Namasufa president Vicente Barrios, in a picture taken during the International Labor Solidarity Mission (ILSM) fact-finding in May this year. He had earlier reported a threat to his life. (Contributed photo)

The president and three members of a union in Compostela Valley were shot by unidentified men on Friday, the latest in the series of attacks against activists, peasants and unionists in the Philippines. The shooting, according to a report by Davao Todays Cheryll D. Fiel, is likely related to the victims struggle to improve the wages and conditions of workers in one of the countrys largest banana-exporting companies.

DAVAO CITY — Four trade unionists were shot by still unidentified gunmen at around 5:30 a.m. today on their way to work at a banana plantation packing plant in Compostela town, Compostela Valley Province.

One of the victims, Vicente Barrios, is the president of Nagkahiusang Mamumuo sa Suyapa Farms (Namasufa). In June, Barrios disclosed the threats to his life, which he believed was the result of his and his union’s campaign for better wages and working conditions at the Fresh Banana Agricultural Corporation (FBAC), one of the countrys major banana producers.

Namasufa president Vicente Barrios, in a picture taken during the International Labor Solidarity Mission (ILSM) fact-finding in May this year. ( photo by Barry Ohaylan)

Barrios and three other members of the union — Jerson Lastimoso, Aldren Cortez and Donie Glen Sondon were wounded in the attack. They were brought to the Davao Regional Hospital in Tagum City two hours after the shooting.

Karapatan, the human-rights group that immediately responded to the attack, said at least two of the victims were in critical condition.

Namasufa is the union of workers of FBACs Packing Plant 90 in Compostela. It is an affiliate of Kilusang Mayo Uno (KMU), the leftist labor group. The victims are also members of Anakpawis, the party-list group.

“It is most unfortunate that what Boy Barrios has been fearing to happen for a year has finally came to pass, said Omar Bantayan, secretary-general for Southern Mindanao of the KMU. Do workers need to suffer the same fate as Barrios before this government listens and takes active action in protecting not only the workers democratic and political rights, but ultimately, their lives? he asked in a statement today.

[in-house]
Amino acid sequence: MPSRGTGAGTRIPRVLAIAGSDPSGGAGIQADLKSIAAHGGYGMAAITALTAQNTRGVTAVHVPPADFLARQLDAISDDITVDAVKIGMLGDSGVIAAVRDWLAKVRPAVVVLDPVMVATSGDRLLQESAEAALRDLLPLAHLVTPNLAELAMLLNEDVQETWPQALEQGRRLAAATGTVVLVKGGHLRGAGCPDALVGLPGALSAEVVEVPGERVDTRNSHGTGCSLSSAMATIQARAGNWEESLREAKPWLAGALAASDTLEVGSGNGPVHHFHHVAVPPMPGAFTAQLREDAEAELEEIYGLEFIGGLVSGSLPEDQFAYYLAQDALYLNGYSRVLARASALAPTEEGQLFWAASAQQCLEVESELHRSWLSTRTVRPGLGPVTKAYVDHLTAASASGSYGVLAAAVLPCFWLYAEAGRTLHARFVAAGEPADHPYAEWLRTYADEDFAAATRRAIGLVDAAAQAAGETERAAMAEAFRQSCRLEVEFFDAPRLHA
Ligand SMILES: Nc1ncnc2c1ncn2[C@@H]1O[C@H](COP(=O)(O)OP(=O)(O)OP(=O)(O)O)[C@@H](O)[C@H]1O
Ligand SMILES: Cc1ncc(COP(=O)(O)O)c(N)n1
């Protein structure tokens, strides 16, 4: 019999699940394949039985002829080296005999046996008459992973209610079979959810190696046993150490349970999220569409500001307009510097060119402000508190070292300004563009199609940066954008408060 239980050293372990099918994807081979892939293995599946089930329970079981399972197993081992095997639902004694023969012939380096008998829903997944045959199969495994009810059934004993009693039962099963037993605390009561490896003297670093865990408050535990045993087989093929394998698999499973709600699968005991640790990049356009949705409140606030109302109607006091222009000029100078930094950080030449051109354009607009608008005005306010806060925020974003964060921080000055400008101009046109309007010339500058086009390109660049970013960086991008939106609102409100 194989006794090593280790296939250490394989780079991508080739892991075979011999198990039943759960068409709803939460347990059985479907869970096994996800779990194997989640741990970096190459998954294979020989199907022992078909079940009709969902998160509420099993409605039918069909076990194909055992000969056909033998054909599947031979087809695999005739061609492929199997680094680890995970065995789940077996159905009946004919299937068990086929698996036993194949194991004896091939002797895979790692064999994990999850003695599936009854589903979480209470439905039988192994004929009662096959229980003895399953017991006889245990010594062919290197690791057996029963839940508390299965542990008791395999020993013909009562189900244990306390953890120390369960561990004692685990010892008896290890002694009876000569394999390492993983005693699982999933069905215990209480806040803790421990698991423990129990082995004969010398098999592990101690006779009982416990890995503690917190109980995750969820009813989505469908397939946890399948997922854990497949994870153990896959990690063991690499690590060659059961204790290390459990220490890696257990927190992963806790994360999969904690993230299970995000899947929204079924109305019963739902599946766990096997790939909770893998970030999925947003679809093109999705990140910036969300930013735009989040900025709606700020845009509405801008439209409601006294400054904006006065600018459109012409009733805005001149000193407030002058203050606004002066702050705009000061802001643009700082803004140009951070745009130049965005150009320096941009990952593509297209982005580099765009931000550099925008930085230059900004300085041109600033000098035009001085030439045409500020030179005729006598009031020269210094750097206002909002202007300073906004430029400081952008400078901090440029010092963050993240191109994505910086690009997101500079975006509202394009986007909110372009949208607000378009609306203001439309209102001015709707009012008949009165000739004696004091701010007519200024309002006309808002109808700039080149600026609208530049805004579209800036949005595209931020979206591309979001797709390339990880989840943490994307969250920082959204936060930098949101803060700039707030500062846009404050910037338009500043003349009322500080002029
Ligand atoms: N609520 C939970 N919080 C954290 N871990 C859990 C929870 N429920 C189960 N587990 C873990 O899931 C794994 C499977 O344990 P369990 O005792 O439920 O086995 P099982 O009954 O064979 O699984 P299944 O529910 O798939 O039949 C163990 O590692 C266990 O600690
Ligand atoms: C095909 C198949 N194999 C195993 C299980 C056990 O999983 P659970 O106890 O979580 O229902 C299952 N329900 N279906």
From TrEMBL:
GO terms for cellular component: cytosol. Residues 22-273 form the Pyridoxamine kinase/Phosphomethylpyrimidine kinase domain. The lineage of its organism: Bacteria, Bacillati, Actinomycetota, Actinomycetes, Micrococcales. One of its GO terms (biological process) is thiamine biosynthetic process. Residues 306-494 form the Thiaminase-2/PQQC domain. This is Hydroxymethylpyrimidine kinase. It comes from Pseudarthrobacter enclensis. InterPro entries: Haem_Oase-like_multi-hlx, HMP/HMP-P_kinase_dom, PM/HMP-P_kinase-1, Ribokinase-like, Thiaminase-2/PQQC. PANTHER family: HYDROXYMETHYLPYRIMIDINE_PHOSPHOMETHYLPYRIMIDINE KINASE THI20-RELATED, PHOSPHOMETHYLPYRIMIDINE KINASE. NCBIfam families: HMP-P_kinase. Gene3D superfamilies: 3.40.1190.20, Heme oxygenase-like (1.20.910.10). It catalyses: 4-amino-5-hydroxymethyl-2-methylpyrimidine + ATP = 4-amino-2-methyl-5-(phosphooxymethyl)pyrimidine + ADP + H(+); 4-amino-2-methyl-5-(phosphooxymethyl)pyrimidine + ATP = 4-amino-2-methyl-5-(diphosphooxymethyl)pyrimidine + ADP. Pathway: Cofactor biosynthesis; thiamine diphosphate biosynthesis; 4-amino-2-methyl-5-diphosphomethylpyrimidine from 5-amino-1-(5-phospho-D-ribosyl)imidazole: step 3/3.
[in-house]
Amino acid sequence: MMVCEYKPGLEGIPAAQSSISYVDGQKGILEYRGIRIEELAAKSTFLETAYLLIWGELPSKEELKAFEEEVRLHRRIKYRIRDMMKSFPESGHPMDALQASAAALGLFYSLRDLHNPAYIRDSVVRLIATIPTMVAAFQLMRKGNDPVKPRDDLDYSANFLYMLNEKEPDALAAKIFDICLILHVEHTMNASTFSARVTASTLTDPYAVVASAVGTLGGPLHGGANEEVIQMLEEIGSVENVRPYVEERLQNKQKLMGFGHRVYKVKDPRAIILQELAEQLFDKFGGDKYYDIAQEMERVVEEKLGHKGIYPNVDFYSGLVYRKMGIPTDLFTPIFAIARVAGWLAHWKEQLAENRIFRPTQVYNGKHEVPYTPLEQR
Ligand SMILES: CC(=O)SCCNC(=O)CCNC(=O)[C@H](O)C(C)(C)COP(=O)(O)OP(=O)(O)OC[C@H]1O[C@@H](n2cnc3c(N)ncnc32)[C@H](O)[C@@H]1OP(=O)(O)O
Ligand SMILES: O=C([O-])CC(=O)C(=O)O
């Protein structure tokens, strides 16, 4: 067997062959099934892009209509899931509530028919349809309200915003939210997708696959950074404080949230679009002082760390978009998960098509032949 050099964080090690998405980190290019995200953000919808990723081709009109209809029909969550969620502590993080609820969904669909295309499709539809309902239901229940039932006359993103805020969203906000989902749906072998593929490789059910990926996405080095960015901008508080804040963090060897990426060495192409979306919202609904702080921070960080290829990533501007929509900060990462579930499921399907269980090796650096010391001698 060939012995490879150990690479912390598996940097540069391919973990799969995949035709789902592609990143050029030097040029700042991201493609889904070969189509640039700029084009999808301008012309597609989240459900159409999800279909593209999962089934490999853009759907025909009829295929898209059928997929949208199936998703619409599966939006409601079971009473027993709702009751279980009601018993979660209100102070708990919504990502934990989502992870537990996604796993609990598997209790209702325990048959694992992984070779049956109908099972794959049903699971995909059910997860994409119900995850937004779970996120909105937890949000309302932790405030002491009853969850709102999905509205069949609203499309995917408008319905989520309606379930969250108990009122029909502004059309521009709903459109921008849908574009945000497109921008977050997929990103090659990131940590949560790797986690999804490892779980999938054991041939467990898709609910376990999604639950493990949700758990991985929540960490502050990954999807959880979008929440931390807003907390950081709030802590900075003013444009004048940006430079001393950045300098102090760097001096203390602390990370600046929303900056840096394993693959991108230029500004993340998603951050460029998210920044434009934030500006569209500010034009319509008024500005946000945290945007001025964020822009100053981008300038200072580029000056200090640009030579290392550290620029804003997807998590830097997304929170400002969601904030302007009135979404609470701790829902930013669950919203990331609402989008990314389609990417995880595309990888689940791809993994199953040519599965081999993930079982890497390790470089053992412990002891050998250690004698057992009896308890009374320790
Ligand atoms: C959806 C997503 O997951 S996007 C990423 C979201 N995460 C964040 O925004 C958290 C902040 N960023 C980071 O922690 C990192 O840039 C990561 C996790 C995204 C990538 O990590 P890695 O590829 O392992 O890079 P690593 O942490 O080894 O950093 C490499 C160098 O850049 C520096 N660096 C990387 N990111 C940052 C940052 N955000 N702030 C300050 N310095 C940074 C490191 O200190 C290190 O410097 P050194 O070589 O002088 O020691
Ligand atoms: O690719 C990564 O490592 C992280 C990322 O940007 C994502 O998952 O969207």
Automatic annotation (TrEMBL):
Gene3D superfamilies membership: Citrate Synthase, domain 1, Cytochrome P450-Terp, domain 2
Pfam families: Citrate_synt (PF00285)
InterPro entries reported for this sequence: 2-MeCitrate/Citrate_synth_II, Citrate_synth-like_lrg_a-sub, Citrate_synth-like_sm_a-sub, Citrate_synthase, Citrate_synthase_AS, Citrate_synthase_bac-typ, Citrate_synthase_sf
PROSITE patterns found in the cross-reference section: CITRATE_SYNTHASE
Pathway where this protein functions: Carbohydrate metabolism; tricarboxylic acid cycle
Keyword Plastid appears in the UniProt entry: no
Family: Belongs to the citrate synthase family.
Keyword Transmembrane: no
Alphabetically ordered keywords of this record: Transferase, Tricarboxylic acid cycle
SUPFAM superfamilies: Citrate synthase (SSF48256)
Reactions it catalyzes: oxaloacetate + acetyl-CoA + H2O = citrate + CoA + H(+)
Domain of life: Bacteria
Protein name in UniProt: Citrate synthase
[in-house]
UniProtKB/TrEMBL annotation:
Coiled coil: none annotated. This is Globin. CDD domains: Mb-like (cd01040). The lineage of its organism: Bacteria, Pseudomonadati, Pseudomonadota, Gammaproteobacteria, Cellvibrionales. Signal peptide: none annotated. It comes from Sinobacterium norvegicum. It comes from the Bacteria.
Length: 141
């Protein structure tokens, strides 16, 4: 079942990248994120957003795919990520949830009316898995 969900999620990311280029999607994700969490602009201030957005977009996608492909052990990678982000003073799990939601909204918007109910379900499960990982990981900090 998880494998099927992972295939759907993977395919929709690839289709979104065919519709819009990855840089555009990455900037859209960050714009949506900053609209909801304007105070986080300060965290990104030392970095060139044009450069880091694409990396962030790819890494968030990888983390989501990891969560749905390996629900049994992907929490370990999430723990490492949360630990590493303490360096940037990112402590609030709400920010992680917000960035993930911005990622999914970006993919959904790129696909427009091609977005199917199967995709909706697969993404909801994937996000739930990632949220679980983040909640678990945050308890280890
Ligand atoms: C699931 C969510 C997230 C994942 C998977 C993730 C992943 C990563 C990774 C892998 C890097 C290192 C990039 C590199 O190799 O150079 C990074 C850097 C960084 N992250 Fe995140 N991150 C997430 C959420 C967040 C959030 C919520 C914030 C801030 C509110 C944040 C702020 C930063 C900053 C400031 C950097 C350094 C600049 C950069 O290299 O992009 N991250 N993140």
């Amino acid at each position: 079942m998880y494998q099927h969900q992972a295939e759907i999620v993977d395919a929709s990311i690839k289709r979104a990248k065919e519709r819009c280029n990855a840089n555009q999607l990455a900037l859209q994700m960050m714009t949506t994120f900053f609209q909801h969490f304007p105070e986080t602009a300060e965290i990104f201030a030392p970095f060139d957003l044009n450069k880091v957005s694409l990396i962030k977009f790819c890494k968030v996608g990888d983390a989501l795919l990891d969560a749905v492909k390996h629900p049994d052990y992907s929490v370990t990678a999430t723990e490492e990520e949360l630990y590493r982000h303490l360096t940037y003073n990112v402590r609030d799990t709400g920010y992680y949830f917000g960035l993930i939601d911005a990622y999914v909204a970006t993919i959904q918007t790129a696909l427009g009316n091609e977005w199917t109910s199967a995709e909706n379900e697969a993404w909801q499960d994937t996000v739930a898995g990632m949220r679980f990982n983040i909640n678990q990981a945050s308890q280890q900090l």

We call on people to help in the campaign to protect the workers, the most productive sector in Philippine society,” Bantayan said.

Kelly Delgado, a spokesman for Karapatan in Southern Mindanao, described the attack as a frustrated massacre and one in the series of harassments, grave threats and intimidation of union leaders in the banana plantations of Compostela.

The banana plantations of New Alegria, Compostela Valley, have been wracked by conflict after workers complained of unfair labor practices. The workers held protests, such as this one, but the military came in to harass them. ( photo by Barry Ohaylan)

Delgado said his group holds the administration of President Gloria Macapagal-Arroyo responsible for the attack on the unionists, which is just the latest in a series of killings and assaults on political activists, unionists, peasants, church workers, journalists and human-rights advocates.

The group said nearly 800 of these people had died allegedly in the hands of state security forces ever since Arroyo came to power in 2001. These killings, administration critics said, are part of the governments Oplan Bantay Laya designed to eliminate the Left, whether they operate legally and above-ground or not. The government has consistently denied this.

Delgado said Karapatan is organizing a fact-finding mission to the site of the assault early tomorrow, Saturday.

On June 10, armed men broke into Barrioss home in Valencia, in the village of New Alegria, Compostela town. Barrios and his wife and other family members were in the house when a masked man with a long firearm barged inside their house while another was waiting outside.